There are many churches that struggle mightily with the issue of trust. They have trouble trusting that their pastor’s intentions or good or that the decisions of a committee are for the best. The main reason for this distrust is because we live in an age of rampant distrust, and this has unfortunately rubbed off on the church. I invite us to do better, trusting in the presence of God in the body of Christ.

If you are a part of a church who elects leaders and have begun a journey with them this year, I invite you to join me in supporting them, praying for them, encouraging them, offering feedback to them, and perhaps most of all trusting them.

We are the Body of Christ together. The church is best seen as the scriptures see us, as an organism, not just an organization. We are called to work together smoothly, with unity of spirit even when we have diversity of thought. This is where the importance of trust comes in, for we trust the process to guide us because we are practicing the presence of God.

Sunday, January 6, 2013

From the Hand that Held the Hand that Held the Light

A few years ago, I wrote a meditation on Ruby Falls after visiting the site near Chattanooga. I explored the way Christ's light illuminates the inner caverns of the soul, making dark places a thing of beauty. And I noted how, like the man who discovered Ruby Falls, sometimes you stumble into this dark place that God wants to bless.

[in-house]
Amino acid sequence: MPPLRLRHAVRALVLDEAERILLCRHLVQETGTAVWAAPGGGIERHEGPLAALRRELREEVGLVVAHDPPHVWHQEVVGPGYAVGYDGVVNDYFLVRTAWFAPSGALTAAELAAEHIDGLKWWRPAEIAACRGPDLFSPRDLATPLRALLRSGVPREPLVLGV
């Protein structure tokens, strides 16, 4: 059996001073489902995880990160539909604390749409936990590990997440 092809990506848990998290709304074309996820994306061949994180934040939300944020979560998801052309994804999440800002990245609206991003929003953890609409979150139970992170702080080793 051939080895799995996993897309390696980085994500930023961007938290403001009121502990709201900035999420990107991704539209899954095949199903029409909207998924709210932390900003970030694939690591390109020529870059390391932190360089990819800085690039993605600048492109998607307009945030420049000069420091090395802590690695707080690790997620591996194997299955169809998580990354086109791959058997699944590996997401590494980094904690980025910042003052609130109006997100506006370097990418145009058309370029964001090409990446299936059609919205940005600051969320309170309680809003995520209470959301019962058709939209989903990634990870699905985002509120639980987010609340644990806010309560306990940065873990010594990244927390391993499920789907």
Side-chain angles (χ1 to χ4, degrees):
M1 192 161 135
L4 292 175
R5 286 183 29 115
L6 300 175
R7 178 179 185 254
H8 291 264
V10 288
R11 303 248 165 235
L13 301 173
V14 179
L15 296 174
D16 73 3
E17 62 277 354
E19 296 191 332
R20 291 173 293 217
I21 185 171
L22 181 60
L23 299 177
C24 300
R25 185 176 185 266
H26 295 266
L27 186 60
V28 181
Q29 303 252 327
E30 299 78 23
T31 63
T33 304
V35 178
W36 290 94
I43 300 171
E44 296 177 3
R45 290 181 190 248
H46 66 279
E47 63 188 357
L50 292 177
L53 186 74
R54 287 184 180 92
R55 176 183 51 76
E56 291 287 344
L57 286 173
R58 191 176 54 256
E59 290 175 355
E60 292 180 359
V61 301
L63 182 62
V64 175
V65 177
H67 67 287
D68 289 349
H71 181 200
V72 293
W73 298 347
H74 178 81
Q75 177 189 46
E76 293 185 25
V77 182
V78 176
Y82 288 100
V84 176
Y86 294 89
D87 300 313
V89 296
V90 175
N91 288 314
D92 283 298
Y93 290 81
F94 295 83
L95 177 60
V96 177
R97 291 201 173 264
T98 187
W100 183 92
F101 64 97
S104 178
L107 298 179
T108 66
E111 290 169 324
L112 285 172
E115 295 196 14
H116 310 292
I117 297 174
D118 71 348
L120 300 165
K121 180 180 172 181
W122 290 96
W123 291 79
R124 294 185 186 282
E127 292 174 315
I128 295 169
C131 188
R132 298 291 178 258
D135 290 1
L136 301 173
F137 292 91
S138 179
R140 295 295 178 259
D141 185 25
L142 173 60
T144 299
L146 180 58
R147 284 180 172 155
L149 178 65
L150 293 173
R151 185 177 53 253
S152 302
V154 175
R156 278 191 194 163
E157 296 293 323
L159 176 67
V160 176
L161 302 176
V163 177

I deeply value two letters from the folks of Ruby Falls that I received after I found out it was going to be published and sent them a copy. The first was from one of the managers, who included a quote from Leo Lambert:

"Thank you for sending your blog entry concerning our cave. It was great to read how you felt as you toured our cave. We commonly receive questions about the origin of the cave and field questions concerning the creation of the formations and falls. I as a Christian just enjoy the beauty of the falls and the incredible creation of the cave. Below I have copied the quote by Leo Lambert written after he discovered Ruby Falls. We plan on posting this at our entrance at a ceremony December 30th which will be the 80th anniversary of him finding the cave. Thank you for the inspiring message and hope to see you return some day.